- Project summary
- 4 January 2021
Niger Husbands’ Schools and Future Husbands’ Clubs
- Published by: The Learning Collaborative to Advance Normative Change
Institute for Reproductive Health
The Husbands’ Schools and Future Husbands Clubs (2004- present) are two community-based, participatory, communication and social behavior change interventions that involve single men ages 16-24 and married men over 25 to promote reproductive health in rural Niger. The Husbands’ Schools and Future Husbands’ Clubs are spaces of discussion and action that encourage citizenship, male responsibility for reproductive health, and increase men’s accountability to their community. It is currently being scaled-up.
Social norms of interest
Family planning, healthcare use, childbearing, gender equity, discussions around sex
Behaviors of interest
Family planning, births at health facilities, couple communication
Schools are comprised of 8-12 members and are of a non-hierarchical structure. Once enrolled, men meet twice a month to discuss reproductive health, and maternal and child health problems or “cases”. Each school is paired with a trained Coach and Moderator to provide guidance and technical assistance to the husbands. The clubs are spaces of discussion, action and decision making where young people are brought together to talk about questions related to leadership and civic responsibility, sexual and reproductive health, illicit drug use, gender-based violence, child marriage, the education of girls, and communication between adults and youth. Club members work together as groups to challenge each other and discuss solutions to these problems.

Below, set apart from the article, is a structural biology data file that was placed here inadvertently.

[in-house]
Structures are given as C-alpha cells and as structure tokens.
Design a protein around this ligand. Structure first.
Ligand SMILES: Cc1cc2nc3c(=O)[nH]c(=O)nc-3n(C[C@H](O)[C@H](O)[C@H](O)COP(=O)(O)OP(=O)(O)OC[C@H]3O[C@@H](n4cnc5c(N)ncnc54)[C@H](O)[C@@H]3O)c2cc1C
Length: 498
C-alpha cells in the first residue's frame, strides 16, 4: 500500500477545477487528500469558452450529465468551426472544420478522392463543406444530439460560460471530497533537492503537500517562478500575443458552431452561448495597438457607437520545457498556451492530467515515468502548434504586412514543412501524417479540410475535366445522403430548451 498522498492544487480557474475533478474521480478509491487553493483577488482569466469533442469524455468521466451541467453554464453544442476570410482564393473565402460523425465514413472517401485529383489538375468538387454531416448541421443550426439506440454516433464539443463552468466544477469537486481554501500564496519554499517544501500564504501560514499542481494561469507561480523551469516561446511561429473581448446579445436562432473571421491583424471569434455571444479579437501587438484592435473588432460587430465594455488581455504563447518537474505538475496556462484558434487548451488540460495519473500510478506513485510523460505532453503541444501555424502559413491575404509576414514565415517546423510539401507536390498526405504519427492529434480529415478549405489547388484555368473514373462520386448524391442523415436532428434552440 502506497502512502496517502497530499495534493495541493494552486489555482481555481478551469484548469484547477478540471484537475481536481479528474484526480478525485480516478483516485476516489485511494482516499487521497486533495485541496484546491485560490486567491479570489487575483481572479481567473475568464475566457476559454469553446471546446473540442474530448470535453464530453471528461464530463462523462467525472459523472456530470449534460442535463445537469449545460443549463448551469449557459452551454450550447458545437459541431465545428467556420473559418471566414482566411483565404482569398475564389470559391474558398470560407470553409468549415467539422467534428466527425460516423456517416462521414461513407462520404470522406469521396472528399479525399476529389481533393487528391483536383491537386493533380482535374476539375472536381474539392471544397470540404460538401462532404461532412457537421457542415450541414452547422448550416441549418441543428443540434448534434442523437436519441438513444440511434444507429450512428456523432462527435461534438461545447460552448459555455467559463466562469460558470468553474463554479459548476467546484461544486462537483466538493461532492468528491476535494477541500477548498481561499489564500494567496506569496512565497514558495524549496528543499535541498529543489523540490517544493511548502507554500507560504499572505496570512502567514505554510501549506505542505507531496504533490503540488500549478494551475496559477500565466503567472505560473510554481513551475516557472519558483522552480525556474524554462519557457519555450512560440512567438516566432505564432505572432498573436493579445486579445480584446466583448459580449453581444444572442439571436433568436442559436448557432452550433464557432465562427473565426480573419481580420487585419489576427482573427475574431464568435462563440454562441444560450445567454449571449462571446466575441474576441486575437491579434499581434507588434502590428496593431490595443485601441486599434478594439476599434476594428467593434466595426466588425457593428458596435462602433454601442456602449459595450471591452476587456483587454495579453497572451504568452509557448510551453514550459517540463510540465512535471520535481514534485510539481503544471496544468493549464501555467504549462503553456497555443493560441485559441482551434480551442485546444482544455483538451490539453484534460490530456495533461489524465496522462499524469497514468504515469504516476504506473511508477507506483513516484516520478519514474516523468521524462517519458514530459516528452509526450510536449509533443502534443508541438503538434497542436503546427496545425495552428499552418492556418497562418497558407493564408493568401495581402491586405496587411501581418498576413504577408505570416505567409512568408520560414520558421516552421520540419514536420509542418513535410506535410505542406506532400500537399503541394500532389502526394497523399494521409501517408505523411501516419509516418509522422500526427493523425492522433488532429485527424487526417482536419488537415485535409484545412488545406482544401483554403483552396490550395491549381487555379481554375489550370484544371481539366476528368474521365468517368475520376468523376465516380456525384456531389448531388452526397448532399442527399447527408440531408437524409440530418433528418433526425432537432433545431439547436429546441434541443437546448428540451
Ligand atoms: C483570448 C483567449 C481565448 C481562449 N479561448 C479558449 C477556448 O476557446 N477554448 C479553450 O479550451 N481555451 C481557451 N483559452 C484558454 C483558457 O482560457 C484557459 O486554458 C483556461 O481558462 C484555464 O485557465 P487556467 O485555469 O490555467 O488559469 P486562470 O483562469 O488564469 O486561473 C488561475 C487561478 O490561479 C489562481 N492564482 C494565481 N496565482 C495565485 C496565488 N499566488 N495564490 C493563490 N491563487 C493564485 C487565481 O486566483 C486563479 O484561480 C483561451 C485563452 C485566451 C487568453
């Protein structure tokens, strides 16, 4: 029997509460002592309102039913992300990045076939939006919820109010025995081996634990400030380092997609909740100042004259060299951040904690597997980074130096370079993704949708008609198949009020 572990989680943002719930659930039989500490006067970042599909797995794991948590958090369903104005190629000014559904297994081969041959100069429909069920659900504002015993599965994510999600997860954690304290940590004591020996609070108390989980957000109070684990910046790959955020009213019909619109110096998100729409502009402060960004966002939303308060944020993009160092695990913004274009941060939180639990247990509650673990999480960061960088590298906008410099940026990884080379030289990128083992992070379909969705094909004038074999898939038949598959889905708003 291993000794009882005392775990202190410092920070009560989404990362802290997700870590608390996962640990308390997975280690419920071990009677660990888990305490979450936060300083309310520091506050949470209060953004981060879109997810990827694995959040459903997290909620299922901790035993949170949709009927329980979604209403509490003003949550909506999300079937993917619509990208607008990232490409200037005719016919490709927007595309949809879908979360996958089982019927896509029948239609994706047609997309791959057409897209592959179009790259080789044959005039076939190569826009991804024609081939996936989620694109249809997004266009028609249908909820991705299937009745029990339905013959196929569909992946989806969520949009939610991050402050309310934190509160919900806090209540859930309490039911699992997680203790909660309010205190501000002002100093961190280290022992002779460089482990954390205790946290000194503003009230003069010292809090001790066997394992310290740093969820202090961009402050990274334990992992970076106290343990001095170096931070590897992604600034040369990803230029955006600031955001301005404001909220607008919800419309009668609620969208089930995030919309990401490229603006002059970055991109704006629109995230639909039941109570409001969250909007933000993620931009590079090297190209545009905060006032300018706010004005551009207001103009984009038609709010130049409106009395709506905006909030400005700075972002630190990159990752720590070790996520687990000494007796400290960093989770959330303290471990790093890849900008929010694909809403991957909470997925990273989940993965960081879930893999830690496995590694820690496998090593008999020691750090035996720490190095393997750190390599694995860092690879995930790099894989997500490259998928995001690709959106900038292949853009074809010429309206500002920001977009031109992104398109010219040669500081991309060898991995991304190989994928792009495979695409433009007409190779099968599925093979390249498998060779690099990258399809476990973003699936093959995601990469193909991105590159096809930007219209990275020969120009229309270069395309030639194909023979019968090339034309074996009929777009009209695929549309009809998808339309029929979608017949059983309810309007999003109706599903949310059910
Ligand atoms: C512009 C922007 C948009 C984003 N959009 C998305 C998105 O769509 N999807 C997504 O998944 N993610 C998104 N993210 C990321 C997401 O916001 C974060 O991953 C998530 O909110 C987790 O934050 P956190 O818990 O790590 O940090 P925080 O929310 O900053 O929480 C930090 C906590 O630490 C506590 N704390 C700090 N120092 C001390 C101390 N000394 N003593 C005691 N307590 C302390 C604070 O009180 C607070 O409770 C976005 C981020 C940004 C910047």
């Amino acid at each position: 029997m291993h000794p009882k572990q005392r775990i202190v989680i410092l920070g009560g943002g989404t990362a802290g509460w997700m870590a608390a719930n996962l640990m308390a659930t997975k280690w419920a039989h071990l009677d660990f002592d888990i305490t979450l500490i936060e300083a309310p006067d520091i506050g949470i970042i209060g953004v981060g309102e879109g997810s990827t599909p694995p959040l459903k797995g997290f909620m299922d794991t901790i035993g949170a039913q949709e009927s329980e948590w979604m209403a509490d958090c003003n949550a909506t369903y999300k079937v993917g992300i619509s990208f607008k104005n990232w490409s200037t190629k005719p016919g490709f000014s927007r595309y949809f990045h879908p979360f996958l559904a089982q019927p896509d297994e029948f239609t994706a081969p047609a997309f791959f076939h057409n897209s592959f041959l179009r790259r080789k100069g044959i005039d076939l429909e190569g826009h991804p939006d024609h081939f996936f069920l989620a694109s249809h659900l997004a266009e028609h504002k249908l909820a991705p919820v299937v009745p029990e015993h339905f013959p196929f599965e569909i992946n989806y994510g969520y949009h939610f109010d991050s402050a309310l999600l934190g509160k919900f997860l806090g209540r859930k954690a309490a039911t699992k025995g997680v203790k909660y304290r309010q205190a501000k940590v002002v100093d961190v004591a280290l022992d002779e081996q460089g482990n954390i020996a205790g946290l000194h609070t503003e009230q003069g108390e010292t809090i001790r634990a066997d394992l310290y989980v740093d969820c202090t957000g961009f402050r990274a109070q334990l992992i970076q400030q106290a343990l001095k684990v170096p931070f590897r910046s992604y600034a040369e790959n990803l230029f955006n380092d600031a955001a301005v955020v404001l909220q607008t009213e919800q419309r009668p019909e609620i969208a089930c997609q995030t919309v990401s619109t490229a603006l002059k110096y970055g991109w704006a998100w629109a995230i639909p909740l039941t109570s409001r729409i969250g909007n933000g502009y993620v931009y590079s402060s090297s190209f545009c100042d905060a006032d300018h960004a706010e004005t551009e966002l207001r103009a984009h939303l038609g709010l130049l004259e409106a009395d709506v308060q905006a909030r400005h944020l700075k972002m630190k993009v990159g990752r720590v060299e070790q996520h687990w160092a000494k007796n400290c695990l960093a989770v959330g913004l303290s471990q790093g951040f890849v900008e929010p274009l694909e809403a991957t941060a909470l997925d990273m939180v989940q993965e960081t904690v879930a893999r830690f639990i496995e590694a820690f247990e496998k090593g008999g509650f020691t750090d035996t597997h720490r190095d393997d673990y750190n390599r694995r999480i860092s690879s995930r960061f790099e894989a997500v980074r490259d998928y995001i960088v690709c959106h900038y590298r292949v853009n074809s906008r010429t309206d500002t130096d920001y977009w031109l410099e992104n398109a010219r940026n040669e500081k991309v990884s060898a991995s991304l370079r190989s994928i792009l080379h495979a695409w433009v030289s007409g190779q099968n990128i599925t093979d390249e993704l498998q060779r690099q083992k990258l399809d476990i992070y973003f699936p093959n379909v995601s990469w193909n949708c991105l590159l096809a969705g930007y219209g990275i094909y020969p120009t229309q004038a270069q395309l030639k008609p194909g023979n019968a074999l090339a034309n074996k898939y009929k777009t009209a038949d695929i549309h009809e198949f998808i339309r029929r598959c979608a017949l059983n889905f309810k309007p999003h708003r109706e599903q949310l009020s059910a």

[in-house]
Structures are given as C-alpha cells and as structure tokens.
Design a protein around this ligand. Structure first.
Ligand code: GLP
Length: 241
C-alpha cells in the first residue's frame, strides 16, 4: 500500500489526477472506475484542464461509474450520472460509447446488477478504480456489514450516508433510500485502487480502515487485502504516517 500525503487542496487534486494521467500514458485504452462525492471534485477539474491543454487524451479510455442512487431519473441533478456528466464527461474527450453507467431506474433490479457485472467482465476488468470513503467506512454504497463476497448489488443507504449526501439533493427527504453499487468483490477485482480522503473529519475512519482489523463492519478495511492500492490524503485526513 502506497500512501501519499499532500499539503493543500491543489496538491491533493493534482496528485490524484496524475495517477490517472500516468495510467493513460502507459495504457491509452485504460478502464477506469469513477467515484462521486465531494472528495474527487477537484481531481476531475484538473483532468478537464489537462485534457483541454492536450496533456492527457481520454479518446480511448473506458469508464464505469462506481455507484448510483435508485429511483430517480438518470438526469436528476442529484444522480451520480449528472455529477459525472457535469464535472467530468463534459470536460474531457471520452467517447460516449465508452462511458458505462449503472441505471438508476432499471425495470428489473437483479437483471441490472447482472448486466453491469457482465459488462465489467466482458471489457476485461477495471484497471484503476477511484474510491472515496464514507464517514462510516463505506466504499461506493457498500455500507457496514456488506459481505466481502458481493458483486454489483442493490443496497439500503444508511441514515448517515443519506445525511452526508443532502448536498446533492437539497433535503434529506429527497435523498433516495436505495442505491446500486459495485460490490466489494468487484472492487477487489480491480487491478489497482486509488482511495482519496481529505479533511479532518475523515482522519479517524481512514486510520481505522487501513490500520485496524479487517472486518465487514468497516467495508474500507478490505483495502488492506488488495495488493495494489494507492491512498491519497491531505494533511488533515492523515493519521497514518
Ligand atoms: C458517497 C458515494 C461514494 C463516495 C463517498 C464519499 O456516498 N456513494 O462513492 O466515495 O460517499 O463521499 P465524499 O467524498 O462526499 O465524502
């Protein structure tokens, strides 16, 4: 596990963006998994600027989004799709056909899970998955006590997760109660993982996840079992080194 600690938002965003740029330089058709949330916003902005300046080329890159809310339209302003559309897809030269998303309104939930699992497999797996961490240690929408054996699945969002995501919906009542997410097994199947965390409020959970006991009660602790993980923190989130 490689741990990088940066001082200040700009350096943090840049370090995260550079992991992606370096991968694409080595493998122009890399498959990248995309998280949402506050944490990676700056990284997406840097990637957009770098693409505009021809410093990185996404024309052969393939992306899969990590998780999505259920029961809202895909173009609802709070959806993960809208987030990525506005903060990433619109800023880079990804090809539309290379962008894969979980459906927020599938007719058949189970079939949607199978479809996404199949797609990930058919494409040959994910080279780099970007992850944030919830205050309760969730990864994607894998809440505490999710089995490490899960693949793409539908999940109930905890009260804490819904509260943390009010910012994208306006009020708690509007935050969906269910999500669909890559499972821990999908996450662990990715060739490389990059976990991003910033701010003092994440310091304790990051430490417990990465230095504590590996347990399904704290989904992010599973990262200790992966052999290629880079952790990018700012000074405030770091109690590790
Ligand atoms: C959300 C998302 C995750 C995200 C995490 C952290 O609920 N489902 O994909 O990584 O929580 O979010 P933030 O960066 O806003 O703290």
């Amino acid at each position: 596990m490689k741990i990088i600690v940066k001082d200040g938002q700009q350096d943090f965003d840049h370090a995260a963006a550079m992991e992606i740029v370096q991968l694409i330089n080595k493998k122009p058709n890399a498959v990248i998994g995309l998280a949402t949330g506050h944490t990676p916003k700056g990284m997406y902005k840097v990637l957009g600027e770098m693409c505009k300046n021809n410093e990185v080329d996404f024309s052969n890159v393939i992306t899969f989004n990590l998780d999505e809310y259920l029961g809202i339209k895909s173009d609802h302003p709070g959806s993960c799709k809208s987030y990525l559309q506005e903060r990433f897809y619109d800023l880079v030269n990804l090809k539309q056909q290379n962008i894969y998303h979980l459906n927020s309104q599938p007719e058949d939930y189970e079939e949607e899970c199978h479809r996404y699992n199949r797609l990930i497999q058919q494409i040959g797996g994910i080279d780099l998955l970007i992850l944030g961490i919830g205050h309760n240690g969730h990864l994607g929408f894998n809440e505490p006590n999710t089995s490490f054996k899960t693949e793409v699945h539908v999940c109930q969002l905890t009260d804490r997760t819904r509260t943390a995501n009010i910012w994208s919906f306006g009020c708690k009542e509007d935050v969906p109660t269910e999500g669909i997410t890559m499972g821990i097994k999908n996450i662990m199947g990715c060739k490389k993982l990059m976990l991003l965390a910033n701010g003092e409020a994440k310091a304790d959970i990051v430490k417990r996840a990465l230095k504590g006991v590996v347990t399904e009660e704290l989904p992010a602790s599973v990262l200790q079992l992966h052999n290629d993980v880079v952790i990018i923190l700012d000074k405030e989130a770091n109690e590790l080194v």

Social norms measurement
Participatory methodologies, vignettes, in-depth interviews, focus group discussions
Key findings to date
The interventions are effective in changing attitudes, behaviors, and norms related to reproductive health. There was an increase in men becoming reproductive health activists, an increase in women’s use of reproductive health services, an improvement in communication between husbands and wives, and an increase in social and community mobilization. The added value of the intervention was its ability to improve community and social mobilization, its efficiency in reaching its objectives with minimal resources, and its effectiveness in improving health indicators.